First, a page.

Selecting Flights from a shortlist that also featured the Spanish author Antonio Muñoz Molina, Iraq's Ahmed Saadawi and France's Virginie Despentes was "so hard", said Appignanesi, but Tokarczuk is "a writer of wonderful wit, imagination and literary panache" who has "has written a great many books that sound awesome, but which haven't been translated yet".
For more information about the prize, see the Man Booker website. In a television interview, Tokarczuk outraged rightwing patriots by saying that, contrary to its self-image as a plucky survivor of oppression, Poland itself had committed "horrendous acts" of colonisation at times in its history.
The amount of £50,000 (USD 67,000) from the award is divided between the writer and her translator Jennifer Croft.
A well-known author in Poland, Tokarczuk is a recipient of numerous awards in her home country. The "Books of Jacob" published in 2014 earned her another Nike Award. So far, she has written eight novels and two collections of short stories.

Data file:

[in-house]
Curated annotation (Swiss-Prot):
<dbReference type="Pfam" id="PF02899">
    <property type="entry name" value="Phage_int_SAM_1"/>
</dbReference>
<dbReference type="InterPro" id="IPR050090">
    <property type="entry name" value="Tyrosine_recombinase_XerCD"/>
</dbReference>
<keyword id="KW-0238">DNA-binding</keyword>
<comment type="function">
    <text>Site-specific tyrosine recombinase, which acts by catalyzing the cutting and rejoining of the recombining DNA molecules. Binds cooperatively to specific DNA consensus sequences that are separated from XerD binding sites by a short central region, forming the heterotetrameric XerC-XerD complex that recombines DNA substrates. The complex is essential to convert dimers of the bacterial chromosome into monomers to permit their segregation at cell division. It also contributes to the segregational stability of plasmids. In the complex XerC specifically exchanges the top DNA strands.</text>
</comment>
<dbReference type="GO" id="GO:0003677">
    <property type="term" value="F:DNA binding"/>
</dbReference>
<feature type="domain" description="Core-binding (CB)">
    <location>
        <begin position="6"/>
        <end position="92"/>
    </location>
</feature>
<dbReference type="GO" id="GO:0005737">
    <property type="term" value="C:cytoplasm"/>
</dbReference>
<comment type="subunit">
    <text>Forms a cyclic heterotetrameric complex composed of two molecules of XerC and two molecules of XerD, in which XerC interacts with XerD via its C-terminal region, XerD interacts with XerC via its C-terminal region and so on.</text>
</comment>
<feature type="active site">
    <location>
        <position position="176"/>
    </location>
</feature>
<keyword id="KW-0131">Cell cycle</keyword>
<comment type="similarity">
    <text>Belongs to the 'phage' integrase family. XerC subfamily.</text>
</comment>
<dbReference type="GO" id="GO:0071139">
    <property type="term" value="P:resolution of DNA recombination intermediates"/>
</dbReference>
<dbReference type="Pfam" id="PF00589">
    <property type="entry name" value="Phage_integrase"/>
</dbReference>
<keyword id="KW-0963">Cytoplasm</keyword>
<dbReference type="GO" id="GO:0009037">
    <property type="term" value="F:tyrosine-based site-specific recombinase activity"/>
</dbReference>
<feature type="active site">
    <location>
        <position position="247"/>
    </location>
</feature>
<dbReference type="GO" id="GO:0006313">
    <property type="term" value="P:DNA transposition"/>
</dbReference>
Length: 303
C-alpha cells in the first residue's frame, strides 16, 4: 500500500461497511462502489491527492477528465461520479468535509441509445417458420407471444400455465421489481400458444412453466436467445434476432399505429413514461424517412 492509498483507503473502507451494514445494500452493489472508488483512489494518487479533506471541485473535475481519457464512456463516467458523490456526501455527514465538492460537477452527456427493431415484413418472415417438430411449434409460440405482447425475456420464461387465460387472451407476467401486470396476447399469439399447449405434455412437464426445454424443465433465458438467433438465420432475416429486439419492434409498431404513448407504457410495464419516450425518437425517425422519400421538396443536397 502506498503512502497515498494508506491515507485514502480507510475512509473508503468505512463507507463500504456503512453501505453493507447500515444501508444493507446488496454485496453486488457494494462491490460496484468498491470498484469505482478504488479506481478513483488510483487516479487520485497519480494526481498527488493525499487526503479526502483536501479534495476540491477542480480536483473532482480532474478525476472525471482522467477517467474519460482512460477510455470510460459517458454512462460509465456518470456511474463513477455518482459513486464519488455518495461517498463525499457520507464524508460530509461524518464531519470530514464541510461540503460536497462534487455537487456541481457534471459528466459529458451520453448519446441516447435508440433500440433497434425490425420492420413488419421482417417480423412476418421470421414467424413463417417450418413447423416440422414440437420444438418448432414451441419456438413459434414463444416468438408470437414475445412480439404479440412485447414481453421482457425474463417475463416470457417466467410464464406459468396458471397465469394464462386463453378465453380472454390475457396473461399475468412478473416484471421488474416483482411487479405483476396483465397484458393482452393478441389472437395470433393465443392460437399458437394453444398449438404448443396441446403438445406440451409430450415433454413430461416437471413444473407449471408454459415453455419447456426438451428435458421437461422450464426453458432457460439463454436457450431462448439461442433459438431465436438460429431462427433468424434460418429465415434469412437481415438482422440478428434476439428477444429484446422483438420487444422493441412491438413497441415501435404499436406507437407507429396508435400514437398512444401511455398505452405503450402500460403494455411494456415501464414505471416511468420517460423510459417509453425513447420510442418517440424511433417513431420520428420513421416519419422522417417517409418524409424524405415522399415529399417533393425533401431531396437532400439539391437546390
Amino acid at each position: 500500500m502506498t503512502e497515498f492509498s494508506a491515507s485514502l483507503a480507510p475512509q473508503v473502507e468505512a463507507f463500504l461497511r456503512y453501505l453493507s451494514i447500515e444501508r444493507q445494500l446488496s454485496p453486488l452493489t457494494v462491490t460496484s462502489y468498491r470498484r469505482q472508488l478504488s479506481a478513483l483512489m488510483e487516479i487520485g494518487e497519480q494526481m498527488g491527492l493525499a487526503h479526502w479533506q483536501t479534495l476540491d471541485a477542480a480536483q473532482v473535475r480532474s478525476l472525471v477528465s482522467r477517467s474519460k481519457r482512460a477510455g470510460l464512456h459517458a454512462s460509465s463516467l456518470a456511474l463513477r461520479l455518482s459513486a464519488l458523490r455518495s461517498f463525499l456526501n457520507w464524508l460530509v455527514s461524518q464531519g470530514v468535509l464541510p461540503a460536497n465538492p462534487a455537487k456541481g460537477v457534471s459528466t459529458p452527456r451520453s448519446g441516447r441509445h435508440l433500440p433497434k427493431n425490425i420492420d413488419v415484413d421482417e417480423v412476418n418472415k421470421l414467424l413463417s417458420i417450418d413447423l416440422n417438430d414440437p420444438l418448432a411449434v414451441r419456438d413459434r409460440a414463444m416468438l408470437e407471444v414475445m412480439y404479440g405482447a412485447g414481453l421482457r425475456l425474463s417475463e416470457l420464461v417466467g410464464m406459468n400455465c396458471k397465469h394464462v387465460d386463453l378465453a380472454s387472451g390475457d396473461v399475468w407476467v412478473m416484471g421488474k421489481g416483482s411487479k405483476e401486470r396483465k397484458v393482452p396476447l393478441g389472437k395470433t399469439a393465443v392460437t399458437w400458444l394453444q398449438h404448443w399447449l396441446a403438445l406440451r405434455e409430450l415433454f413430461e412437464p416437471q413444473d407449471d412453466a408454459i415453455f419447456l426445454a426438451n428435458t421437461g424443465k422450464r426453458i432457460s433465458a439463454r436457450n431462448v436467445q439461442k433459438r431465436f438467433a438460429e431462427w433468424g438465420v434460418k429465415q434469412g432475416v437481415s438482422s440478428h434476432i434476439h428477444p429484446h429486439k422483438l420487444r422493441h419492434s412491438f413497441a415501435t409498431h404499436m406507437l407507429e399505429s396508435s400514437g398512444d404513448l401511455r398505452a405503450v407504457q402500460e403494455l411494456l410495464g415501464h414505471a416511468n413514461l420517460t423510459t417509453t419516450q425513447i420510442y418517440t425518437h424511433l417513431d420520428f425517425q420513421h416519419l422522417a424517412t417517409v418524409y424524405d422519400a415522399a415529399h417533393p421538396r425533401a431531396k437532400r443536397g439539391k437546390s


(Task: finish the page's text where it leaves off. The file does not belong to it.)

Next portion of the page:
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Tokarczuk's statement drew ire from nationalist critics and she received death threats.
The book had echoes of writers W.G. Sebald and Milan Kundera, she added, but Tokarczuk "inhabits a rebellious, playful register very much her own".
The other finalists included Iraqi writer Ahmed Saadawi's horror story Frankenstein in Baghdad and South Korean author Han Kang's meditative novel The White Book. Chinua Achebe and David Grossman are among the authors to have won the award earlier.
In Flights, she added, Tokarczuk "flies us through a galaxy of departures and arrivals, stories and digressions, all the while exploring matters close to the contemporary and human predicament - where only plastic escapes mortality".